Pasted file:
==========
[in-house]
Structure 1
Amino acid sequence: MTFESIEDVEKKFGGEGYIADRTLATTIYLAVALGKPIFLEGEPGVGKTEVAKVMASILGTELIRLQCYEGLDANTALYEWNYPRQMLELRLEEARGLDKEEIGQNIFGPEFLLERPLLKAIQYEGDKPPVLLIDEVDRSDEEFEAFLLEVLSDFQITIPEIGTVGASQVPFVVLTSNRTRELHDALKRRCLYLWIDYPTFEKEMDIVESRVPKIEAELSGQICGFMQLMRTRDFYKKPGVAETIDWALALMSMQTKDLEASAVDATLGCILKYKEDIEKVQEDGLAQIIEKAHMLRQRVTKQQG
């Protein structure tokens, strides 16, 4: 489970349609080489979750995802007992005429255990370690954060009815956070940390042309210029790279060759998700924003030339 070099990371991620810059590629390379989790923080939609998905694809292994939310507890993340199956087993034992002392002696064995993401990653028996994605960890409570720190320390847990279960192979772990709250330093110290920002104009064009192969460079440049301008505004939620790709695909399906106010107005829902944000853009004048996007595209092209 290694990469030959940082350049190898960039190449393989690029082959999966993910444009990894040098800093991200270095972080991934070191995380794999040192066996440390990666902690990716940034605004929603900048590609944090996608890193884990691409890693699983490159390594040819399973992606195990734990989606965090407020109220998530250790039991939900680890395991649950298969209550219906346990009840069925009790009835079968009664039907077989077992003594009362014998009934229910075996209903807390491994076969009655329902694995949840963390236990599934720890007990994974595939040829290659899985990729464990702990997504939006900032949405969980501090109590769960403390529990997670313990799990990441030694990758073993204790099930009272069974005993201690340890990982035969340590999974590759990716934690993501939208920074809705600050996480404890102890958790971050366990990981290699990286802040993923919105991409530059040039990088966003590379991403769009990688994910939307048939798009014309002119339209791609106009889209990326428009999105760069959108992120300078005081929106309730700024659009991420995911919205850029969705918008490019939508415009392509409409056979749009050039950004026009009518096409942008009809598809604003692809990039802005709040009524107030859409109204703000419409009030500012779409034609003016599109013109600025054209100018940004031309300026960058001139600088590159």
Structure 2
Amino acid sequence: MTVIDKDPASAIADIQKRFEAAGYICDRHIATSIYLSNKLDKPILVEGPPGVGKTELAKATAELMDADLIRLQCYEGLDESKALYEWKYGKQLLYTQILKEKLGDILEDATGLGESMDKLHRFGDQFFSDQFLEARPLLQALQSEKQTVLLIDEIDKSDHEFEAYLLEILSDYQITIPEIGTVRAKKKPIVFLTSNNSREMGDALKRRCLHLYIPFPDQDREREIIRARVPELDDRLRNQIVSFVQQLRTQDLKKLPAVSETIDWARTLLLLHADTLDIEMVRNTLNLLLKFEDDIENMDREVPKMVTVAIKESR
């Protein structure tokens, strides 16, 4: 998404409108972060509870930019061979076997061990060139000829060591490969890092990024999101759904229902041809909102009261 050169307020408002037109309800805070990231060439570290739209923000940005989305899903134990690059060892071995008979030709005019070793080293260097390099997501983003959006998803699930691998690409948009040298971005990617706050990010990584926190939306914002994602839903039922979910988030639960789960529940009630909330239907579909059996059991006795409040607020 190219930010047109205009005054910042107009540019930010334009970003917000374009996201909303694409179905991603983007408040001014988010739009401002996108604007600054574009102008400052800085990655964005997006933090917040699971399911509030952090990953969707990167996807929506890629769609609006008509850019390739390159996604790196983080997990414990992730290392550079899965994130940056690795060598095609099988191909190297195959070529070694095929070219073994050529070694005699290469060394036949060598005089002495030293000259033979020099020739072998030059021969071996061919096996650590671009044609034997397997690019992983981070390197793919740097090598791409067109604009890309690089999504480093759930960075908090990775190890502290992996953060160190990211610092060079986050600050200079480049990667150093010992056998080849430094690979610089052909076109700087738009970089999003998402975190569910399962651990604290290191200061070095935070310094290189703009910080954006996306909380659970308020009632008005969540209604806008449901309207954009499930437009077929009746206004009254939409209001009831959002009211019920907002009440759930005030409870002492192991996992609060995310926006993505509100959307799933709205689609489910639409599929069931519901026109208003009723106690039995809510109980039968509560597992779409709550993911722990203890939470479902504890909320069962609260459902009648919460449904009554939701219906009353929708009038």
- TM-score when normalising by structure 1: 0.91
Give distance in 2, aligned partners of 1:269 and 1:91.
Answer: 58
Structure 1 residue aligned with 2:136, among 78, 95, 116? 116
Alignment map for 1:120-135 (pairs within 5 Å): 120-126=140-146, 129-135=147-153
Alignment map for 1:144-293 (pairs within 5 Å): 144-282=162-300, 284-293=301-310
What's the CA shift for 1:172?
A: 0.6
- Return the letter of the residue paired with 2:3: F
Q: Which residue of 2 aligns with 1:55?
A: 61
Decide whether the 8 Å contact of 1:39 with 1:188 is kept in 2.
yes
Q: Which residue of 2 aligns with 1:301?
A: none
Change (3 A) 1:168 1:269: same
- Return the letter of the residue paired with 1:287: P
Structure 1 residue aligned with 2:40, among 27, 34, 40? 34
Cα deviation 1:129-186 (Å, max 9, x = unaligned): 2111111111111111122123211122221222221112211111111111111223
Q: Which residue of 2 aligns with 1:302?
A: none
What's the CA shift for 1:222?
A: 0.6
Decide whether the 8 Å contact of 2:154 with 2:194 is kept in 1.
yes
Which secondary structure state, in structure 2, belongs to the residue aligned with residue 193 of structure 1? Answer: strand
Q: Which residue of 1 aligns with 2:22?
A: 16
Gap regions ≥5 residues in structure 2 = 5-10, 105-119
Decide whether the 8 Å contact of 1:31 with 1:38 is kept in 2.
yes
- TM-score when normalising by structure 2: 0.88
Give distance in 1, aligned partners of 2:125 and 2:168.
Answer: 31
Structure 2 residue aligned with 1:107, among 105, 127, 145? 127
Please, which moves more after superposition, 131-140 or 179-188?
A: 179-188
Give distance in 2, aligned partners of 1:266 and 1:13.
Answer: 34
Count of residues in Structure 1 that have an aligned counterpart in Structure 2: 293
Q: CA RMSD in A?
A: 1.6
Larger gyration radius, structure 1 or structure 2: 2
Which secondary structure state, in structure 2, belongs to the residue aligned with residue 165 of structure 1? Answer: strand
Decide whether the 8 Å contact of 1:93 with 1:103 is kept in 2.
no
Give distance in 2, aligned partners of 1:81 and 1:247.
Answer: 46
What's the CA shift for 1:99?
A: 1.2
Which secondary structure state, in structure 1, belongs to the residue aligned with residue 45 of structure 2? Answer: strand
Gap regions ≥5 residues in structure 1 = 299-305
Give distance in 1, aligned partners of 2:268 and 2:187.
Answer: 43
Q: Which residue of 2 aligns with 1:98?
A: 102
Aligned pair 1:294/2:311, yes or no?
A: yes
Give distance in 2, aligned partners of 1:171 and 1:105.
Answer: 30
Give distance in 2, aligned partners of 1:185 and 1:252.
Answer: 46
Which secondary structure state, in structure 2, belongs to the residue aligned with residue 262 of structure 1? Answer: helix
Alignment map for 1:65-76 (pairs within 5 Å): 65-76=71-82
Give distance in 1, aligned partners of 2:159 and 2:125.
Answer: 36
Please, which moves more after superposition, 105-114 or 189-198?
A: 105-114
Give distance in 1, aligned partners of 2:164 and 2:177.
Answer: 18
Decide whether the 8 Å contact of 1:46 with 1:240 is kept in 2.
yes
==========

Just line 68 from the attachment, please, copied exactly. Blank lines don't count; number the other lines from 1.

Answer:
Give distance in 2, aligned partners of 1:185 and 1:252.